Thursday, March 12, 2015

Think Man-Sized Swimming Centipede — And Be Glad It's A Fossil

If living long and prospering is a measure of success, then the arthropods are life's winners. These are the most common form of life: insects, spiders, crustaceans and centipedes, to name but a few.

And now scientists have their hands on the remains of one of the first ever. It lived 480 million years ago, and it was big and strange.

The fossil was discovered by a Moroccan collector, Ou Said Ben Moula. He gave it several years ago to scientists who spent hundreds of hours scraping away its rocky casing. The "thing" that emerged is ... well ... a man-sized, swimming centipede? A 7-foot lobster without claws?


"It is one of the very biggest arthropods that ever existed," says Yale paleontologist Peter Van Roy. In fact, he says, it was the biggest animal of any kind on the planet, at the time.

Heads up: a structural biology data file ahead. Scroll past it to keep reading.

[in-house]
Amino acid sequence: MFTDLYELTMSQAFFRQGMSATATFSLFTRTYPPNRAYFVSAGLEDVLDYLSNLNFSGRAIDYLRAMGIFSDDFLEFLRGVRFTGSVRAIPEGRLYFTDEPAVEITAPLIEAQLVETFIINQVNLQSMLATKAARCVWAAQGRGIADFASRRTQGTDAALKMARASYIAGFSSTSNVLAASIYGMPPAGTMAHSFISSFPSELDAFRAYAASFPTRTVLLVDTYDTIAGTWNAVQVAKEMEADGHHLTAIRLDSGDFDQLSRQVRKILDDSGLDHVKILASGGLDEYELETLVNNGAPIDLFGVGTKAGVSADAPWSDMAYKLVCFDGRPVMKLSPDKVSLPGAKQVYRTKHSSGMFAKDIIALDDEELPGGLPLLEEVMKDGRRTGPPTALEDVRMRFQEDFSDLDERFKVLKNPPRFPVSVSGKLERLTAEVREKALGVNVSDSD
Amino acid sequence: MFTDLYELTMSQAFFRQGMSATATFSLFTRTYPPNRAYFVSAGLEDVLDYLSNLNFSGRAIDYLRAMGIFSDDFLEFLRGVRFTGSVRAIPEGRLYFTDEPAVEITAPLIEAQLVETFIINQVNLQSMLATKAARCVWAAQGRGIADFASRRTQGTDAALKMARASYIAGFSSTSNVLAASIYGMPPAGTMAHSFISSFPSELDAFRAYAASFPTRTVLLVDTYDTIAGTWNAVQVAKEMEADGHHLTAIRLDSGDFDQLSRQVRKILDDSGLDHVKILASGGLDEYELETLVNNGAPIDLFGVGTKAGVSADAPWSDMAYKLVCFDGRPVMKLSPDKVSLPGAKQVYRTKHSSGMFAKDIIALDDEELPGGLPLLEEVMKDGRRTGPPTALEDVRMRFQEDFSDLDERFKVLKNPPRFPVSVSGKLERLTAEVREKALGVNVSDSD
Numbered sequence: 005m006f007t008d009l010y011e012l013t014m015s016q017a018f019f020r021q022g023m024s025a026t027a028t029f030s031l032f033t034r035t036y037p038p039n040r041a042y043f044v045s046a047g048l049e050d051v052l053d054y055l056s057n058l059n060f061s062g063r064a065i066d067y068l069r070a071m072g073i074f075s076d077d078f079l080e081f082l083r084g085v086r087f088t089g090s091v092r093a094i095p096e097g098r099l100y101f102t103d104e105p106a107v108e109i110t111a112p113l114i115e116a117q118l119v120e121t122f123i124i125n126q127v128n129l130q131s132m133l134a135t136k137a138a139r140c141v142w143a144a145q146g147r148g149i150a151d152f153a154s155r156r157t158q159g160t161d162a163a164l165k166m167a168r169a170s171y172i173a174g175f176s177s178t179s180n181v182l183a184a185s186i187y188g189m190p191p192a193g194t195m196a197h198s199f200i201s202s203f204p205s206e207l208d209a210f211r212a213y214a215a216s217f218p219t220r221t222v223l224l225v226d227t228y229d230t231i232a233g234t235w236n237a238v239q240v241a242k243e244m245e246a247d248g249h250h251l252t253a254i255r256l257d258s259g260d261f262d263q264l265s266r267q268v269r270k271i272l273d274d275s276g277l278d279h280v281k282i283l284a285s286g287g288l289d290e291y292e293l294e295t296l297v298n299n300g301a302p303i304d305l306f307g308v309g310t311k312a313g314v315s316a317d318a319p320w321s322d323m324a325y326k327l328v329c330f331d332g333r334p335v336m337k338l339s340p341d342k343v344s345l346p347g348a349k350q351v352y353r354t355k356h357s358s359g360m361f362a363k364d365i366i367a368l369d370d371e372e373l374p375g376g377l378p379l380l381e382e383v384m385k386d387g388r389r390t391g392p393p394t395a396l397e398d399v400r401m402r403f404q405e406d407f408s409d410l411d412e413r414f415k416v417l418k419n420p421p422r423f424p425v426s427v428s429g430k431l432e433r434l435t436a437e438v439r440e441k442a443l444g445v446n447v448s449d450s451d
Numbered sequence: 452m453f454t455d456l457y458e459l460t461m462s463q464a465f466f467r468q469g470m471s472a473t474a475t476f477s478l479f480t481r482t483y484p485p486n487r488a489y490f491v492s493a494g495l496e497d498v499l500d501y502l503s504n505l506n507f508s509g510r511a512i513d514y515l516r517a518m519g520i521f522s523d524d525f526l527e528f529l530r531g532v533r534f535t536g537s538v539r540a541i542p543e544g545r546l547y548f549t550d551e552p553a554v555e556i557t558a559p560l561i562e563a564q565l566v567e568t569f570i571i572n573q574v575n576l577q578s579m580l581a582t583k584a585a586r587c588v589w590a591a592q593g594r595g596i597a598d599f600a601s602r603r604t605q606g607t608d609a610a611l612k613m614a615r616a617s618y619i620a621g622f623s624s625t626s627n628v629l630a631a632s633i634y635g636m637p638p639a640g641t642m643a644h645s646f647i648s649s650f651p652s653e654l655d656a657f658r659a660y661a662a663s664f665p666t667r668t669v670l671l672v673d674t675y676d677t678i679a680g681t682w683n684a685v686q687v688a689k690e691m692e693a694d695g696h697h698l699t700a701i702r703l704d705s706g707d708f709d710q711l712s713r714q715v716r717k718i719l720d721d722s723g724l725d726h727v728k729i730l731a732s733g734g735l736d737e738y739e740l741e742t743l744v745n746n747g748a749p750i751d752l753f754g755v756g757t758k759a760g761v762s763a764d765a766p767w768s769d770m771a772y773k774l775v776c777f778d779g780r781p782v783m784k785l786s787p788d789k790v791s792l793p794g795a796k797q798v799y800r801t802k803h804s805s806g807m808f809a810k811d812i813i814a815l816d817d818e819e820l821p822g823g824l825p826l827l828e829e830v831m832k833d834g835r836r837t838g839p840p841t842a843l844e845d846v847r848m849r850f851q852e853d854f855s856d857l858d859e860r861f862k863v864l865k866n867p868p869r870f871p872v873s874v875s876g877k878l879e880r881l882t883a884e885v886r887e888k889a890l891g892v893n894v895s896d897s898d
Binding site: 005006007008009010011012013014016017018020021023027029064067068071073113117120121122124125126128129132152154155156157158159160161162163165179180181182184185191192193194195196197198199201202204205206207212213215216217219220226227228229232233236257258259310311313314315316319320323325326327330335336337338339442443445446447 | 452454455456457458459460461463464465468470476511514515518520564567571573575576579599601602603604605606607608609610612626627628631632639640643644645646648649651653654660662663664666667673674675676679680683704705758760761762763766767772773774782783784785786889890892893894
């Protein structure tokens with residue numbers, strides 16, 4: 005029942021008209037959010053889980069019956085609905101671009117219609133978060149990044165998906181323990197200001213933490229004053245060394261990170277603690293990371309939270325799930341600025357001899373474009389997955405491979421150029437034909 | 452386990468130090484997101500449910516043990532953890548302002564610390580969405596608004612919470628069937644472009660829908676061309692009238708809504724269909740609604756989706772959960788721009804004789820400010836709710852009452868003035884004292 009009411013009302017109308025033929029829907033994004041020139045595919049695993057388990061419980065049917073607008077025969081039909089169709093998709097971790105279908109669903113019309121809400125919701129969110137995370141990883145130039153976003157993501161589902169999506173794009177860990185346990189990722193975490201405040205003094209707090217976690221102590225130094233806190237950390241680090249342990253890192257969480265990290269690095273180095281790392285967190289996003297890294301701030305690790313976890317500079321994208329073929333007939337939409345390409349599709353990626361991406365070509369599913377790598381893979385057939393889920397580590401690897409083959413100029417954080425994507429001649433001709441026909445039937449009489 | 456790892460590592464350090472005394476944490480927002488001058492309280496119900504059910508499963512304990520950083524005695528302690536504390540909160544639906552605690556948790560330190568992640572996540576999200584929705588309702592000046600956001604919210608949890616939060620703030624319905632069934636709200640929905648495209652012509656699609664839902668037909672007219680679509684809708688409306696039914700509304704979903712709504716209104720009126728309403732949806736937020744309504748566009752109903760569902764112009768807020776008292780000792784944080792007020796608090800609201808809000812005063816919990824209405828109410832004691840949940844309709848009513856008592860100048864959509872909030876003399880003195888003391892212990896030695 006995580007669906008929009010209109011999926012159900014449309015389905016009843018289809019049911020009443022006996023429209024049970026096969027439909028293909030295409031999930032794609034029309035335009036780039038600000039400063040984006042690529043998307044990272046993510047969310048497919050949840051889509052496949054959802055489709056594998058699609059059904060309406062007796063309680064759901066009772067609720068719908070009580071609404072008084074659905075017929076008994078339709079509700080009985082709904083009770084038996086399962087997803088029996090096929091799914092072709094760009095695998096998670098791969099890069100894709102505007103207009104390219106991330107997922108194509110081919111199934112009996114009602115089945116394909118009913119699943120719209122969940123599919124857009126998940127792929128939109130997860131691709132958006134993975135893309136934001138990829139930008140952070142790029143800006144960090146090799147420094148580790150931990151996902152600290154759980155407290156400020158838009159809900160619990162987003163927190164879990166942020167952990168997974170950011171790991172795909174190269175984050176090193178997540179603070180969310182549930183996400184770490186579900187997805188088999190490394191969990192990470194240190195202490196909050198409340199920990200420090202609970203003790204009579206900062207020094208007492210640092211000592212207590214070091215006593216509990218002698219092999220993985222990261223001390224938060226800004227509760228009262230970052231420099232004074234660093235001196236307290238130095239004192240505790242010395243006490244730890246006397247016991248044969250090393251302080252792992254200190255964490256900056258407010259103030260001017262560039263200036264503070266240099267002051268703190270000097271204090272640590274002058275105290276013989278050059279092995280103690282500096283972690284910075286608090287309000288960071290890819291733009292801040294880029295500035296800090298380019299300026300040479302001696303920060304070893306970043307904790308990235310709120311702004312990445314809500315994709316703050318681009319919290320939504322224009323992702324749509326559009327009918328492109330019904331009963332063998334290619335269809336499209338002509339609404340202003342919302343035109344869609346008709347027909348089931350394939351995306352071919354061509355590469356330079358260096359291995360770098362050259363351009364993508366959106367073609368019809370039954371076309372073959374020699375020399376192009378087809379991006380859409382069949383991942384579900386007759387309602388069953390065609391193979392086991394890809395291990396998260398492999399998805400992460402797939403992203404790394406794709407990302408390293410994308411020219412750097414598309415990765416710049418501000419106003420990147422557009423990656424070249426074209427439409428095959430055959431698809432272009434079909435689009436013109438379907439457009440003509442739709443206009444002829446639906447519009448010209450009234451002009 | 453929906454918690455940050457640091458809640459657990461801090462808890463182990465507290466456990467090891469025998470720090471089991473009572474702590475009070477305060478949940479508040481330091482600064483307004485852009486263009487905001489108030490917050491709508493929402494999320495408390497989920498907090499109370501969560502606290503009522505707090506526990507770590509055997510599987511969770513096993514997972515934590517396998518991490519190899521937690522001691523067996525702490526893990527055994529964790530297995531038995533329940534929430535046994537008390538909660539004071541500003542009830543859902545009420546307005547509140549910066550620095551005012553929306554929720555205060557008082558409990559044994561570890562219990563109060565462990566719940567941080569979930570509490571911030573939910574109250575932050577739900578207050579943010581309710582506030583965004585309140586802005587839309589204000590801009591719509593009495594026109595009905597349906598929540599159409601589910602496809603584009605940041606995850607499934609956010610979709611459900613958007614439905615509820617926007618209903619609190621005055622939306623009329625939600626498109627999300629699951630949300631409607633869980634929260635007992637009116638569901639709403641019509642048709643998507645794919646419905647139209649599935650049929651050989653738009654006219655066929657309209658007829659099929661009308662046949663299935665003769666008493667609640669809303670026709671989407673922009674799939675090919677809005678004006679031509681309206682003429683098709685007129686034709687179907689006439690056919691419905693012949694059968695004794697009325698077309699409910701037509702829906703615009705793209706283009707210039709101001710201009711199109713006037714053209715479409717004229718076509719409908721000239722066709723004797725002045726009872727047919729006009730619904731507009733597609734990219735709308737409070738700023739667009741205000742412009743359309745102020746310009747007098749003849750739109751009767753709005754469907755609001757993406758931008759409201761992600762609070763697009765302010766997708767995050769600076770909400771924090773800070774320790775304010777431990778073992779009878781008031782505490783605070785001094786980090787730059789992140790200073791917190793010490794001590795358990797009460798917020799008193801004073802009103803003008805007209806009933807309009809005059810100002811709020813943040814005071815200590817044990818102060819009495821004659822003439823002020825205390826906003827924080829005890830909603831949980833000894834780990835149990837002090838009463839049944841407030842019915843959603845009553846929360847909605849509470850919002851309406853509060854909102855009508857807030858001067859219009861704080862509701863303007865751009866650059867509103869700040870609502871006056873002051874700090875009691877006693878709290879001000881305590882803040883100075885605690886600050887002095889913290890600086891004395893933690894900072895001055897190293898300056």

Van Roy spent 500 hours preparing the fossilized creature. It's called an anomalocaridid, he says, and evolved at a special time during the Ordovician geological period. Scientists call this period, when the variety of life forms in the ocean exploded, the Great Ordovician Biological Diversification Event.

"(It was) the biggest diversification in marine animal life that we've ever known," says Van Roy, and it took place across 25 million years. The "diversification" turned out to be a bonanza for this creature, because a lot of this new life was plankton. Up until then, anomalocaridids were smaller. This version (Aegirocassis benmoulae) evolved a way to eat the plankton. It developed a comb-like appendage to scoop up the tiny creatures, the way whales do now. Van Roy also discovered that the creature had developed pairs of flaps on its body that later evolved into arthropod limbs. npr

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